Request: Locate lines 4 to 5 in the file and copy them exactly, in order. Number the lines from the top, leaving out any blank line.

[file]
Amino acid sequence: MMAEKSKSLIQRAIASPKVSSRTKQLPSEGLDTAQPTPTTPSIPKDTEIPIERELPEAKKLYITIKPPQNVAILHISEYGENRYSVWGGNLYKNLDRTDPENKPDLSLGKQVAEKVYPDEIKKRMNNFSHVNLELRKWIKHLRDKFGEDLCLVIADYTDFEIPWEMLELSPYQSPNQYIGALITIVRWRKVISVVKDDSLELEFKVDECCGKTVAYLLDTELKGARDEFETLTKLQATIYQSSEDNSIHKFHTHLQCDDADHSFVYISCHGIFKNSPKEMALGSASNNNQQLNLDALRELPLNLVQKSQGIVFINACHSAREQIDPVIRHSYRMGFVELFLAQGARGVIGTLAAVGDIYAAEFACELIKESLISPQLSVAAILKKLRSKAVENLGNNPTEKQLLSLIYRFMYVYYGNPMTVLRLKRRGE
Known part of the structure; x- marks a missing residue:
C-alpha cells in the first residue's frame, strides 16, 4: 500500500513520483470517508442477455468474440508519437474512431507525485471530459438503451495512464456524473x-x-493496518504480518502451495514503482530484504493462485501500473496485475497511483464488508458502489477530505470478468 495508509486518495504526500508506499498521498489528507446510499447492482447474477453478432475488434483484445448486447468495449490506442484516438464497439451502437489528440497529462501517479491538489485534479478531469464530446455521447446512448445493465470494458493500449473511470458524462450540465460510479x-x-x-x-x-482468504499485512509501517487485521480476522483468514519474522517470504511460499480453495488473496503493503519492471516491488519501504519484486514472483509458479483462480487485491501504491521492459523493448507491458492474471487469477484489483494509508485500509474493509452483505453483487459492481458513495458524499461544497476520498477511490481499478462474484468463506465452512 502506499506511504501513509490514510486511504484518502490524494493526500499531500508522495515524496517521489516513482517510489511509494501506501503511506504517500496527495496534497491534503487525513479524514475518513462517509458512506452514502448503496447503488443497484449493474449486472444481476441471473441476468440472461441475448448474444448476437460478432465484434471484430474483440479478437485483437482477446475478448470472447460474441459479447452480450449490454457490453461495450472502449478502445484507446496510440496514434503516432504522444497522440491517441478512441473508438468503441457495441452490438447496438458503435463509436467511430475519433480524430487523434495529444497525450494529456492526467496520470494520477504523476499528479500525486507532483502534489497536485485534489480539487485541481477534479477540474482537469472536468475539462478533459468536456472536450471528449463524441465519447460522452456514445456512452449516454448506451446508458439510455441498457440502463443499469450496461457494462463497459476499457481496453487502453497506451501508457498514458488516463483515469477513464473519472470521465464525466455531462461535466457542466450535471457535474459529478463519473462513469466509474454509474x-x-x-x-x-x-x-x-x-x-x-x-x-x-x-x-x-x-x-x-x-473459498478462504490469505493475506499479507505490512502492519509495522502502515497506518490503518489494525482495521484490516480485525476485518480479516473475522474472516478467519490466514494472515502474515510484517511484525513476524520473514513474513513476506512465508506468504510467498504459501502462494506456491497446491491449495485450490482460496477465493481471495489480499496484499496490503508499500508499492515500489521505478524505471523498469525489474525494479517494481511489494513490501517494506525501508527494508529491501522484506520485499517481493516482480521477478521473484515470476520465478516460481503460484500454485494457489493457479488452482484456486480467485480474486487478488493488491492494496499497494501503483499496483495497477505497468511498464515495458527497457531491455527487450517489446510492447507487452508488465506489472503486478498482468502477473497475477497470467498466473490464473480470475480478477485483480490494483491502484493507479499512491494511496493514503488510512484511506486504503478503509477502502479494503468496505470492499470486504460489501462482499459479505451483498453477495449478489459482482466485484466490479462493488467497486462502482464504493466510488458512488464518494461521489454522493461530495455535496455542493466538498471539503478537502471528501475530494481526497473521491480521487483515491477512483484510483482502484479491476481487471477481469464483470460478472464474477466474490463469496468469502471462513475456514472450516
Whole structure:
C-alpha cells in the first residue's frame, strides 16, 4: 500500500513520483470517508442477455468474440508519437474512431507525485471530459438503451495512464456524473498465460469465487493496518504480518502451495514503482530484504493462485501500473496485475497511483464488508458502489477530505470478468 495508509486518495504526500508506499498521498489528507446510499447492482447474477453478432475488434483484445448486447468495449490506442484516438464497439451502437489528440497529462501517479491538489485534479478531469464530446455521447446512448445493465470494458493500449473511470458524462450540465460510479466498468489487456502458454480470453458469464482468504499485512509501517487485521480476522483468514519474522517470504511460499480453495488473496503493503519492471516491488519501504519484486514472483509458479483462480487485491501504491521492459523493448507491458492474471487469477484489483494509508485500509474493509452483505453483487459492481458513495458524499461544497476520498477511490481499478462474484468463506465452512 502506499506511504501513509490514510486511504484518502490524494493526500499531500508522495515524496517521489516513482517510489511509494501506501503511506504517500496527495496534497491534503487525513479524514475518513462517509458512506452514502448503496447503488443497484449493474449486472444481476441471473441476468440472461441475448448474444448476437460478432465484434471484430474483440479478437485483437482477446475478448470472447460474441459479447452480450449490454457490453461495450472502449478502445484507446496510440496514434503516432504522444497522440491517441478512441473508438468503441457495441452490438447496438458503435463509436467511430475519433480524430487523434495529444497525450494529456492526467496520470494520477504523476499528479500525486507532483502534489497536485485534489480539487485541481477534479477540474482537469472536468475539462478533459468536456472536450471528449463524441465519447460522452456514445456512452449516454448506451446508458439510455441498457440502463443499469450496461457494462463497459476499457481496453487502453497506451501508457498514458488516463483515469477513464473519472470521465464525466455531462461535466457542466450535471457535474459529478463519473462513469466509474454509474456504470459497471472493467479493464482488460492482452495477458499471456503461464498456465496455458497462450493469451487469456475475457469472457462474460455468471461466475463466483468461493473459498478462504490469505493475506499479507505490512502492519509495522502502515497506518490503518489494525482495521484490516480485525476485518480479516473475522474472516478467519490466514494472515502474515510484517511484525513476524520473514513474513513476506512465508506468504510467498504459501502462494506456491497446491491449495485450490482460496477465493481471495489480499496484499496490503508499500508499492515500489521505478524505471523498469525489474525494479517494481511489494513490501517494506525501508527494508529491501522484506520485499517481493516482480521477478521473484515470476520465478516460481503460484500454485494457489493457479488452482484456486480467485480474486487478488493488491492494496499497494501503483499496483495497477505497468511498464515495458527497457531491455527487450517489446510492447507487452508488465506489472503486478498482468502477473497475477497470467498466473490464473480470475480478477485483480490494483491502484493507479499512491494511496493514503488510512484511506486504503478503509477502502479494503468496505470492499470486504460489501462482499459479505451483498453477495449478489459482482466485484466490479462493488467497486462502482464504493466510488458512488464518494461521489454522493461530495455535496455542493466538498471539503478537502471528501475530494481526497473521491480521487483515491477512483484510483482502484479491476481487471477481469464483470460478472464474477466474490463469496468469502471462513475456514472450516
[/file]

Whole structure:
C-alpha cells in the first residue's frame, strides 16, 4: 500500500513520483470517508442477455468474440508519437474512431507525485471530459438503451495512464456524473498465460469465487493496518504480518502451495514503482530484504493462485501500473496485475497511483464488508458502489477530505470478468 495508509486518495504526500508506499498521498489528507446510499447492482447474477453478432475488434483484445448486447468495449490506442484516438464497439451502437489528440497529462501517479491538489485534479478531469464530446455521447446512448445493465470494458493500449473511470458524462450540465460510479466498468489487456502458454480470453458469464482468504499485512509501517487485521480476522483468514519474522517470504511460499480453495488473496503493503519492471516491488519501504519484486514472483509458479483462480487485491501504491521492459523493448507491458492474471487469477484489483494509508485500509474493509452483505453483487459492481458513495458524499461544497476520498477511490481499478462474484468463506465452512 502506499506511504501513509490514510486511504484518502490524494493526500499531500508522495515524496517521489516513482517510489511509494501506501503511506504517500496527495496534497491534503487525513479524514475518513462517509458512506452514502448503496447503488443497484449493474449486472444481476441471473441476468440472461441475448448474444448476437460478432465484434471484430474483440479478437485483437482477446475478448470472447460474441459479447452480450449490454457490453461495450472502449478502445484507446496510440496514434503516432504522444497522440491517441478512441473508438468503441457495441452490438447496438458503435463509436467511430475519433480524430487523434495529444497525450494529456492526467496520470494520477504523476499528479500525486507532483502534489497536485485534489480539487485541481477534479477540474482537469472536468475539462478533459468536456472536450471528449463524441465519447460522452456514445456512452449516454448506451446508458439510455441498457440502463443499469450496461457494462463497459476499457481496453487502453497506451501508457498514458488516463483515469477513464473519472470521465464525466455531462461535466457542466450535471457535474459529478463519473462513469466509474454509474456504470459497471472493467479493464482488460492482452495477458499471456503461464498456465496455458497462450493469451487469456475475457469472457462474460455468471461466475463466483468461493473459498478462504490469505493475506499479507505490512502492519509495522502502515497506518490503518489494525482495521484490516480485525476485518480479516473475522474472516478467519490466514494472515502474515510484517511484525513476524520473514513474513513476506512465508506468504510467498504459501502462494506456491497446491491449495485450490482460496477465493481471495489480499496484499496490503508499500508499492515500489521505478524505471523498469525489474525494479517494481511489494513490501517494506525501508527494508529491501522484506520485499517481493516482480521477478521473484515470476520465478516460481503460484500454485494457489493457479488452482484456486480467485480474486487478488493488491492494496499497494501503483499496483495497477505497468511498464515495458527497457531491455527487450517489446510492447507487452508488465506489472503486478498482468502477473497475477497470467498466473490464473480470475480478477485483480490494483491502484493507479499512491494511496493514503488510512484511506486504503478503509477502502479494503468496505470492499470486504460489501462482499459479505451483498453477495449478489459482482466485484466490479462493488467497486462502482464504493466510488458512488464518494461521489454522493461530495455535496455542493466538498471539503478537502471528501475530494481526497473521491480521487483515491477512483484510483482502484479491476481487471477481469464483470460478472464474477466474490463469496468469502471462513475456514472450516